with open("script.py", "w") as f:
f.write(
"""
import sys
import time
import emcee
import numpy as np

def log_prob(theta):
t = time.time() + np.random.uniform(0.005, 0.008)
while True:
if time.time() >= t:
break
return -0.5*np.sum(theta**2)

with MPIPool() as pool:
if not pool.is_master():
pool.wait()
sys.exit(0)

np.random.seed(42)
initial = np.random.randn(32, 5)
nwalkers, ndim = initial.shape
nsteps = 100

sampler = emcee.EnsembleSampler(nwalkers, ndim, log_prob, pool=pool)
start = time.time()
sampler.run_mcmc(initial, nsteps)
end = time.time()
print(end - start)
"""
)

mpi_time = !mpiexec -n {ncpu} python script.py
mpi_time = float(mpi_time)
print("MPI took {0:.1f} seconds".format(mpi_time))
print("{0:.1f} times faster than serial".format(serial_time / mpi_time))

MPI took 8.9 seconds
2.4 times faster than serial


There is often more overhead introduced by MPI than multiprocessing so we get less of a gain this time. That being said, MPI is much more flexible and it can be used to scale to huge systems.

## Pickling, data transfer & arguments#

All parallel Python implementations work by spinning up multiple python processes with identical environments then and passing information between the processes using pickle. This means that the probability function must be picklable.

Some users might hit issues when they use args to pass data to their model. These args must be pickled and passed every time the model is called. This can be a problem if you have a large dataset, as you can see here:

def log_prob_data(theta, data):
a = data  # Use the data somehow...
t = time.time() + np.random.uniform(0.005, 0.008)
while True:
if time.time() >= t:
break
return -0.5 * np.sum(theta**2)

data = np.random.randn(5000, 200)

sampler = emcee.EnsembleSampler(nwalkers, ndim, log_prob_data, args=(data,))
start = time.time()
sampler.run_mcmc(initial, nsteps, progress=True)
end = time.time()
serial_data_time = end - start
print("Serial took {0:.1f} seconds".format(serial_data_time))

100%|██████████| 100/100 [00:21<00:00,  4.70it/s]

Serial took 21.5 seconds




We basically get no change in performance when we include the data argument here. Now let’s try including this naively using multiprocessing:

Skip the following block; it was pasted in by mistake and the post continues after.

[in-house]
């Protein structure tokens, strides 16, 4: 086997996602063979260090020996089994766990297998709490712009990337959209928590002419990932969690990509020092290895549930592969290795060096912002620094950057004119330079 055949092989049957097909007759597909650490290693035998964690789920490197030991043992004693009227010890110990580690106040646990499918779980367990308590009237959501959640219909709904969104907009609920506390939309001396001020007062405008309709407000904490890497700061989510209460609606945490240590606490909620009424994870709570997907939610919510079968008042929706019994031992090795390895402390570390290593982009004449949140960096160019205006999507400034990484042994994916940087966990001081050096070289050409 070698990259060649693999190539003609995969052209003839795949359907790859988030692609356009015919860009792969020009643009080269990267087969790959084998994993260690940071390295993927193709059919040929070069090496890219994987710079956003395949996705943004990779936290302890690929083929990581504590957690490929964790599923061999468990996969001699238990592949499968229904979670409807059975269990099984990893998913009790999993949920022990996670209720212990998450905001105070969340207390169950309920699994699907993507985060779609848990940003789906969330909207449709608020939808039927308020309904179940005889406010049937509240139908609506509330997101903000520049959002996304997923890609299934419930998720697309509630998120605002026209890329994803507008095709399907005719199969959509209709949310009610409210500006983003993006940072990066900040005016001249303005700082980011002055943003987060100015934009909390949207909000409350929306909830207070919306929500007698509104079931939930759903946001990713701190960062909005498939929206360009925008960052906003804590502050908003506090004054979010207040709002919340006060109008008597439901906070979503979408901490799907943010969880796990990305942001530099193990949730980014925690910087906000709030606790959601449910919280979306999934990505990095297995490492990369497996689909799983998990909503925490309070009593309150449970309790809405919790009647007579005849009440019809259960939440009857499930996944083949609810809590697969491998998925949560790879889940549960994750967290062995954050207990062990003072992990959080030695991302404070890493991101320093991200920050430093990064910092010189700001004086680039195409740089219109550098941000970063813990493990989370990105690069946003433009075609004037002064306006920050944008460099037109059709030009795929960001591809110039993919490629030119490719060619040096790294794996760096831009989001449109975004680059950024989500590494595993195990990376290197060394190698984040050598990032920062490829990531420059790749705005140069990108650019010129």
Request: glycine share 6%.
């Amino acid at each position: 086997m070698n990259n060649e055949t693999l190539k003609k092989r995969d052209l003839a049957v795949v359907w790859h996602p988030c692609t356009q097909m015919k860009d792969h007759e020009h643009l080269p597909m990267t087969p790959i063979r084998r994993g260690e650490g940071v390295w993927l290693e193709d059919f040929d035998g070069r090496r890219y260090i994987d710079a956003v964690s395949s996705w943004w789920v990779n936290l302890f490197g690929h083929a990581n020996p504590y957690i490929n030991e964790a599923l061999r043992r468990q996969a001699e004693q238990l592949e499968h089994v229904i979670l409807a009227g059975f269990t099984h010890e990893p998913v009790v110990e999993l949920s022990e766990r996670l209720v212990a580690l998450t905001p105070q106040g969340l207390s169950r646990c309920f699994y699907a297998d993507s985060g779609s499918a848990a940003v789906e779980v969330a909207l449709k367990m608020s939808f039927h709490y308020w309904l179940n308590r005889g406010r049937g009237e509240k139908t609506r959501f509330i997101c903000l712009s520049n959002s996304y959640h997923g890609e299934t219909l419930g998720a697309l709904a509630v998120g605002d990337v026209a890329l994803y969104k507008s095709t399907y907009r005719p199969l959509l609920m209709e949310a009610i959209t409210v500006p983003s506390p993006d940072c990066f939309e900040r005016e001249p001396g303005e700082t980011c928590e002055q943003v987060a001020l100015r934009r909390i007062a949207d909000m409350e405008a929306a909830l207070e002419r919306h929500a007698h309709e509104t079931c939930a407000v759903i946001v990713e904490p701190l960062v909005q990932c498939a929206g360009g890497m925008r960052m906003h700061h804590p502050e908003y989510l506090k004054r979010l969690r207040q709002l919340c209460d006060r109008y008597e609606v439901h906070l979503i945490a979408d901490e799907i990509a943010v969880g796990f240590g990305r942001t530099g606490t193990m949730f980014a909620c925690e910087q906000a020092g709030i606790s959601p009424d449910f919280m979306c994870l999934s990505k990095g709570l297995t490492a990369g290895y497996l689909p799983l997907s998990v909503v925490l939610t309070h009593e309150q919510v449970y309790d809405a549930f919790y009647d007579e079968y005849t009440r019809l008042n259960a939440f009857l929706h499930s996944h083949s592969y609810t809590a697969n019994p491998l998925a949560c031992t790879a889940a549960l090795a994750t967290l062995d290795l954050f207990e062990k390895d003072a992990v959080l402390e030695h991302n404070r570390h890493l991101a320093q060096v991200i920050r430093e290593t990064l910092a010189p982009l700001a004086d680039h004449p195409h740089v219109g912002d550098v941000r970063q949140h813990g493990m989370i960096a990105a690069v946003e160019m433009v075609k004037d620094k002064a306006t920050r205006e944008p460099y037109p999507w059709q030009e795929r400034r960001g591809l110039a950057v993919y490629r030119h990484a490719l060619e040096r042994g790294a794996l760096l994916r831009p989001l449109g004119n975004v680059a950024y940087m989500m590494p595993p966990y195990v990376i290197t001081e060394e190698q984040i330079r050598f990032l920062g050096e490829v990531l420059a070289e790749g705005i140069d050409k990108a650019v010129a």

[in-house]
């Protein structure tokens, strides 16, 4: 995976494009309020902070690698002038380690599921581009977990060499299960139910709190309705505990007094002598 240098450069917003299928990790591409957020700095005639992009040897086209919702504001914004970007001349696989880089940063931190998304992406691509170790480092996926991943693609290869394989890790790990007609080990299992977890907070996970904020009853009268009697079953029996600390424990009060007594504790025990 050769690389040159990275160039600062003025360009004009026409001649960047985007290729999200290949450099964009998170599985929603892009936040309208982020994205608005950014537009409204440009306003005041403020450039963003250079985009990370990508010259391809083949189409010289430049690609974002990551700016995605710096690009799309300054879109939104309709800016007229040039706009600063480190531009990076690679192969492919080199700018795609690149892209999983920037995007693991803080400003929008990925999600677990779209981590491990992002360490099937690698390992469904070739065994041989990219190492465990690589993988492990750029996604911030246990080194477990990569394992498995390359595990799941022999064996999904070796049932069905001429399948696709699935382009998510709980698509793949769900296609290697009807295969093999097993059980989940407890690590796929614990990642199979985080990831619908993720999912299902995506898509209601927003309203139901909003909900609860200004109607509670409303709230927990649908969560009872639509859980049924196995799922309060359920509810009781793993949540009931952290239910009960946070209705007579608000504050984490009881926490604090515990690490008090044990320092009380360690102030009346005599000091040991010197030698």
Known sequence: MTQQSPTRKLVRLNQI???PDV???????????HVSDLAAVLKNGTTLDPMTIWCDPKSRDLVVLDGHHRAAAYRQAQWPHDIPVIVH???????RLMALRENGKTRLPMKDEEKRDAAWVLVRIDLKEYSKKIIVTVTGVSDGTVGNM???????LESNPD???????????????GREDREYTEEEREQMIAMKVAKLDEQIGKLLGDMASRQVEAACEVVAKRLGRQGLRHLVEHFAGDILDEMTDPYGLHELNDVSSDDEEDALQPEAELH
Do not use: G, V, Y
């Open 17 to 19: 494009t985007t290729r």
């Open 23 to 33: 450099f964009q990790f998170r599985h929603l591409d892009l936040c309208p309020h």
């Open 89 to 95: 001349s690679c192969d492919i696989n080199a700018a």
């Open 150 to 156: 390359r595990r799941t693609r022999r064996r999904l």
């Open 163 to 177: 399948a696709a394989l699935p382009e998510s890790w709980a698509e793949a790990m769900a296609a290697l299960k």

with Pool() as pool:
sampler = emcee.EnsembleSampler(
nwalkers, ndim, log_prob_data, pool=pool, args=(data,)
)
start = time.time()
sampler.run_mcmc(initial, nsteps, progress=True)
end = time.time()
multi_data_time = end - start
print("Multiprocessing took {0:.1f} seconds".format(multi_data_time))
print(
"{0:.1f} times faster(?) than serial".format(
serial_data_time / multi_data_time
)
)

100%|██████████| 100/100 [01:05<00:00,  1.52it/s]

Multiprocessing took 66.0 seconds
0.3 times faster(?) than serial




Brutal.

We can do better than that though. It’s a bit ugly, but if we just make data a global variable and use that variable within the model calculation, then we take no hit at all.

def log_prob_data_global(theta):
a = data  # Use the data somehow...
t = time.time() + np.random.uniform(0.005, 0.008)
while True:
if time.time() >= t:
break
return -0.5 * np.sum(theta**2)

with Pool() as pool:
sampler = emcee.EnsembleSampler(
nwalkers, ndim, log_prob_data_global, pool=pool
)
start = time.time()
sampler.run_mcmc(initial, nsteps, progress=True)
end = time.time()
multi_data_global_time = end - start
print(
"Multiprocessing took {0:.1f} seconds".format(multi_data_global_time)
)
print(
"{0:.1f} times faster than serial".format(
serial_data_time / multi_data_global_time
)
)

100%|██████████| 100/100 [00:06<00:00, 14.60it/s]

Multiprocessing took 6.9 seconds
3.1 times faster than serial




That’s better! This works because, in the global variable case, the dataset is only pickled and passed between processes once (when the pool is created) instead of once for every model evaluation.